By Jai Arjun Singh
Last year, I was watching a pre-match interview with Rafael Nadal on television, in the company of a friend who is emphatically not an admirer of the Spaniard. Nadal had already been in the top two of the rankings for the last five years and was about to play someone ranked many places below him.
"Very dangerous player, no?" he was saying in his endearingly ungrammatical English, "Is very difficult for me. I must play my best to have chances. It is the true."
"What a con artist," my friend remarked dryly. "He sandbags exactly the way you used to do during our school exams."
Sandbagging means lowering expectations for your performance, so that when you do well it comes as a pleasant surprise — and conversely, if you do poorly, the disappointment isn't too great. Many people who dislike Nadal accuse him of calculatedly underselling himself to take the pressure off his shoulders and escape the burden of being a tournament "favourite".
Listening to him now, my friend remembered how I would often come out of an exam hall looking downcast – before eventually scoring among the highest marks in the class. Back in those days, my classmates quickly learnt to roll their eyes whenever I said I hadn't prepared enough for a test, or that one hadn't gone off well.
But I wasn't lying – it was how I really felt at the time. I haven't achieved anything in Nadal's league, of course, but I do have a sense of what it's like to be honestly, and perpetually, under-confident about one's chances – and so, it's easier for me to believe that his stance isn't one of false humility.
It's difficult to gauge exactly how one forms a connection with a particular sportsperson; fandom is a thick brew made up of many secret ingredients. But this shared under-confidence is perhaps one reason why I have been a longtime fan of Nadal – and why I relate to him more than I do to his great rival Roger Federer, who walks on to every court as if victory is his natural privilege.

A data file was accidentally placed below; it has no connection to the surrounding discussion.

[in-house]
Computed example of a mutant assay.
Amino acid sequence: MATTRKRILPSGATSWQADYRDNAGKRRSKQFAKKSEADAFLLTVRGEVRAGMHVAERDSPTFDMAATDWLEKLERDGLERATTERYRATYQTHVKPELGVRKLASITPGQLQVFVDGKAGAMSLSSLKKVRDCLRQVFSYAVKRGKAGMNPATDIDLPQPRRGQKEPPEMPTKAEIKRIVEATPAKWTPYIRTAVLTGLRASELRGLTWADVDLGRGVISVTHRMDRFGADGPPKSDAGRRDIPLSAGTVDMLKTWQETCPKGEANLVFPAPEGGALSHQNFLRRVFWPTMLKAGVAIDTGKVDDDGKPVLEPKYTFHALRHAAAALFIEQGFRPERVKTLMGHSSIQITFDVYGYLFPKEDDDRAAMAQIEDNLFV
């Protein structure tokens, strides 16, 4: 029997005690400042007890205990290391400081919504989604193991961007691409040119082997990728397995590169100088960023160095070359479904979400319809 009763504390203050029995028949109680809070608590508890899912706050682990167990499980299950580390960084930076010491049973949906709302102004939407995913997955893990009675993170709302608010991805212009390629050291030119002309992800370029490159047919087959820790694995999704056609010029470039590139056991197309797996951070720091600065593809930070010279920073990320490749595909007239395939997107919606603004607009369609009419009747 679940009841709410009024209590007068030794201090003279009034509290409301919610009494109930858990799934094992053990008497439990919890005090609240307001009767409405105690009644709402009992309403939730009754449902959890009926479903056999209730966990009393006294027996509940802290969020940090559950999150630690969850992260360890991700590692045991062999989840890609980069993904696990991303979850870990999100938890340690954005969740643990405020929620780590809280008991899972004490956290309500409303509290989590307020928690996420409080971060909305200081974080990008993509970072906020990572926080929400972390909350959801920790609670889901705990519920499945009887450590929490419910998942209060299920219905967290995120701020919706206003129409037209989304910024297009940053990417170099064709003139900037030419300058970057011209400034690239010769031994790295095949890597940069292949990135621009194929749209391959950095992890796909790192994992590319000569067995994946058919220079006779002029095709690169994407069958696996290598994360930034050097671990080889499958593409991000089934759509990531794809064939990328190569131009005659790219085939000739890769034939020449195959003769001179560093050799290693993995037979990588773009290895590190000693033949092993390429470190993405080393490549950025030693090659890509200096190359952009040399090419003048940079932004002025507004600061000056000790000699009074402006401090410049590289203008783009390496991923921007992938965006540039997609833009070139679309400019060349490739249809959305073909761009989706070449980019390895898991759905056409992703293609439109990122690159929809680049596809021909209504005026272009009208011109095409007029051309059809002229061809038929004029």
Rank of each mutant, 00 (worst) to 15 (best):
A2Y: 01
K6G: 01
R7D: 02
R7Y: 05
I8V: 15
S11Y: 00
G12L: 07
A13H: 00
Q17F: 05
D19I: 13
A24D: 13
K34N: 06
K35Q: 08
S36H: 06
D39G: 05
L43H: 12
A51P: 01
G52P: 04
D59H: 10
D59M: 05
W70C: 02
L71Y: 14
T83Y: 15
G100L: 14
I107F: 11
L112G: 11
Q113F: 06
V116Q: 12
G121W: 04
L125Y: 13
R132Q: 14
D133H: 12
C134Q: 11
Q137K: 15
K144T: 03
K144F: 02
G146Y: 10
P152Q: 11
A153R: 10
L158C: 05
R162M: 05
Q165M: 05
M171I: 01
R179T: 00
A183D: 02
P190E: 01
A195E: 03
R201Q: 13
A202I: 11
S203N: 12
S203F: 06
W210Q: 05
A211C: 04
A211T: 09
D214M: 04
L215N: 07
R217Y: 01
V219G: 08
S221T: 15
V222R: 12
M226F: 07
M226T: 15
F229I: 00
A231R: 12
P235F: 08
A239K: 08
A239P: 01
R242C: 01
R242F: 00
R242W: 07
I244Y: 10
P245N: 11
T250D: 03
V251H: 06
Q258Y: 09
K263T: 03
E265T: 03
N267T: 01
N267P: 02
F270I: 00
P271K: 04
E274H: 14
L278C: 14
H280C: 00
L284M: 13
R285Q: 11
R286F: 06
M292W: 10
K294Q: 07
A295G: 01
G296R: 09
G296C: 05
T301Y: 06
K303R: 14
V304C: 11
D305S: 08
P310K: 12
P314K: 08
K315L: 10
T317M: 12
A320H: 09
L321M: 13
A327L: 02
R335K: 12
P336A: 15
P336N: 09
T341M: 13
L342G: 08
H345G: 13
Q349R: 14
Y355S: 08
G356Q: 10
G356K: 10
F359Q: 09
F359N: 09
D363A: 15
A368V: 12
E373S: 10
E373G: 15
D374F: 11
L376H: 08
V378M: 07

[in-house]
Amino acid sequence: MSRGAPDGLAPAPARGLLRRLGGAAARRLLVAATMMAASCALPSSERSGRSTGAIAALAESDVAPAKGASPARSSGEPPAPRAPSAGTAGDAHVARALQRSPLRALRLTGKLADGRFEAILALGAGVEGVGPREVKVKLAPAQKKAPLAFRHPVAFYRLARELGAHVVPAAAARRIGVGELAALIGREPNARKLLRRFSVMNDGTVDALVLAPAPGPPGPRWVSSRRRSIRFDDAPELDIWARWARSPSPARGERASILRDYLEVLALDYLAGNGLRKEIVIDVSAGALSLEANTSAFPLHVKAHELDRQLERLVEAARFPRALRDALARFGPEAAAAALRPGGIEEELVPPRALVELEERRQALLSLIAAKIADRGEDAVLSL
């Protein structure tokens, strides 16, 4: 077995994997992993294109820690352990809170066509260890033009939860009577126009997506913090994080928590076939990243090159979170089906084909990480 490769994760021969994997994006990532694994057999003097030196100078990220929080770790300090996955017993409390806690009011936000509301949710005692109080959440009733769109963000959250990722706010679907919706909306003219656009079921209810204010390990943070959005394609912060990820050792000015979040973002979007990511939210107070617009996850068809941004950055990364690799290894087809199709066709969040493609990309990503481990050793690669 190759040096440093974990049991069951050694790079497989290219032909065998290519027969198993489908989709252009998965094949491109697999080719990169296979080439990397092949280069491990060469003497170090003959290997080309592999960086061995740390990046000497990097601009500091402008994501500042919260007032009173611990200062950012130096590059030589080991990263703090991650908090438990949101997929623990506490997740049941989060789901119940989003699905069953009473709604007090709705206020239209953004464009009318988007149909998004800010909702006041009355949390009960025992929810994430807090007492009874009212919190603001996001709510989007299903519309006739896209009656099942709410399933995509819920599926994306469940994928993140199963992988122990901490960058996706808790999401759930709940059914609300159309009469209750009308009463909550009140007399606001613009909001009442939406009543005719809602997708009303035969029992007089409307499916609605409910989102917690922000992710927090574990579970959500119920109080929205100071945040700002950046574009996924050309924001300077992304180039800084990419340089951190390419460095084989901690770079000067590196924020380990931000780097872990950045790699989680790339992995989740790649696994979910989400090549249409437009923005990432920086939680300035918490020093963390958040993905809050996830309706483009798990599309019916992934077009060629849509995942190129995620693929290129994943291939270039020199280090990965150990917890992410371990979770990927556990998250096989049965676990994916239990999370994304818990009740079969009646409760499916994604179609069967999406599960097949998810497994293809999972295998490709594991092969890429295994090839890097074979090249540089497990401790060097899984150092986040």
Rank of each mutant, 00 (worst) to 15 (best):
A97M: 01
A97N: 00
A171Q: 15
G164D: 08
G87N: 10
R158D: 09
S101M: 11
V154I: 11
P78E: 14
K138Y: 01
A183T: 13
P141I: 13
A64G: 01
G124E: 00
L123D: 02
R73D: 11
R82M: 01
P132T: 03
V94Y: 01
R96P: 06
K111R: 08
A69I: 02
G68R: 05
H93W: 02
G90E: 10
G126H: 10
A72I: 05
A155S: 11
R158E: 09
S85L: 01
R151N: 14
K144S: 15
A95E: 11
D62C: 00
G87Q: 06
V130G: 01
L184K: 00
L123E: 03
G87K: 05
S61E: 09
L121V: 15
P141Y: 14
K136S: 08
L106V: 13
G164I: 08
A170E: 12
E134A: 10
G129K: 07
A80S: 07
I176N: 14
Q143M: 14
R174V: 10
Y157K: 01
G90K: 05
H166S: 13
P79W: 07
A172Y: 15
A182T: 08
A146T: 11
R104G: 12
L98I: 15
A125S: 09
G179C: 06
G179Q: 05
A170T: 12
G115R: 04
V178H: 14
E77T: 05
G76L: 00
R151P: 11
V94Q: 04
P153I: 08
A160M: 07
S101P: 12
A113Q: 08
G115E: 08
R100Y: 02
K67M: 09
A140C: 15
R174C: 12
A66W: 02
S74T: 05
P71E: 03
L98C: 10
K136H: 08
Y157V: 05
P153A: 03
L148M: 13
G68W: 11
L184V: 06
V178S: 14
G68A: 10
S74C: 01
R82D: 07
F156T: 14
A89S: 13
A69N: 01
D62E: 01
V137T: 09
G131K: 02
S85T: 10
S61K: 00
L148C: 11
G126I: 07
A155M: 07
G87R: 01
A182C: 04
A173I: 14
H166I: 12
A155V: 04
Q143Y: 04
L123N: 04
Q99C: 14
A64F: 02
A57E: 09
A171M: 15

There are, of course, other divisive aspects to Nadal's personality. I often have arguments with friends who hate his "defence-oriented baseline game." or his various behavioural tics (eg carefully arranging his water bottles to face a particular direction during every changeover in a match). Or sometimes it just boils down to the fact that he has long been a nemesis for their favourite, Federer.
The internet discussions between Nadal fanboys and Nadal-haters can be ulcer-inducing too. One group will claim that Nadal is an ill-mannered brute who makes aggressive gestures such as fist-pumps to intimidate his opponents. The other will insist that aggression is purely self-motivating – directed at himself, not at anyone else – and point out that he is consistently well-behaved on and off the court. The former will decry his game as tedious and ugly, built on forcing errors from his opponents, and the anti-thesis of Federer's beautiful, crisp shot-making; the latter will point out that no one converts defence into offence as effectively as Nadal and in any case this is a sport we're talking about, not ballet. Sometimes it's hard to believe they are discussing the same person.
It's these polarised perceptions of Nadal that add interest to his autobiography Rafa: My Story, written in collaboration with journalist-author John Carlin.
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